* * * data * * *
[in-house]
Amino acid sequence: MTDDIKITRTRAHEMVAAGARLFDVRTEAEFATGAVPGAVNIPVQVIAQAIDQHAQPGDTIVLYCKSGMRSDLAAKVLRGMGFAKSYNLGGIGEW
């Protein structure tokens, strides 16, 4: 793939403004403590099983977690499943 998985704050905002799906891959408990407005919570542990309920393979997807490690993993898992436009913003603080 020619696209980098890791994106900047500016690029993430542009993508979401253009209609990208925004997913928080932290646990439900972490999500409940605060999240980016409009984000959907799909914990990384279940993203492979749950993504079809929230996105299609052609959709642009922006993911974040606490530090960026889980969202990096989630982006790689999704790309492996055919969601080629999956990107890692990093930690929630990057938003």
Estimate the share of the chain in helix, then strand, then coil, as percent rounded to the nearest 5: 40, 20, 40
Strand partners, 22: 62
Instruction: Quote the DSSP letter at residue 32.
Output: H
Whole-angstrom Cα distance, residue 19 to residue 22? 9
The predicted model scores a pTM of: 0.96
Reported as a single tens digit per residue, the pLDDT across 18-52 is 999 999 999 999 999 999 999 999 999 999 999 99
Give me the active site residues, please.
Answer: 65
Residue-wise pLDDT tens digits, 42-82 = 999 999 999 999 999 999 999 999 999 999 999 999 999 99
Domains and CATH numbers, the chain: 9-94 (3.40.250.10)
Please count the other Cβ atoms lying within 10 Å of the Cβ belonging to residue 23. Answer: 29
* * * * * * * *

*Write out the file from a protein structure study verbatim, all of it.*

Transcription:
[in-house]
Amino acid sequence: MTDDIKITRTRAHEMVAAGARLFDVRTEAEFATGAVPGAVNIPVQVIAQAIDQHAQPGDTIVLYCKSGMRSDLAAKVLRGMGFAKSYNLGGIGEW
């Protein structure tokens, strides 16, 4: 793939403004403590099983977690499943 998985704050905002799906891959408990407005919570542990309920393979997807490690993993898992436009913003603080 020619696209980098890791994106900047500016690029993430542009993508979401253009209609990208925004997913928080932290646990439900972490999500409940605060999240980016409009984000959907799909914990990384279940993203492979749950993504079809929230996105299609052609959709642009922006993911974040606490530090960026889980969202990096989630982006790689999704790309492996055919969601080629999956990107890692990093930690929630990057938003």
Estimate the share of the chain in helix, then strand, then coil, as percent rounded to the nearest 5: 40, 20, 40
Strand partners, 22: 62
Instruction: Quote the DSSP letter at residue 32.
Output: H
Whole-angstrom Cα distance, residue 19 to residue 22? 9
The predicted model scores a pTM of: 0.96
Reported as a single tens digit per residue, the pLDDT across 18-52 is 999 999 999 999 999 999 999 999 999 999 999 99
Give me the active site residues, please.
Answer: 65
Residue-wise pLDDT tens digits, 42-82 = 999 999 999 999 999 999 999 999 999 999 999 999 999 99
Domains and CATH numbers, the chain: 9-94 (3.40.250.10)
Please count the other Cβ atoms lying within 10 Å of the Cβ belonging to residue 23. Answer: 29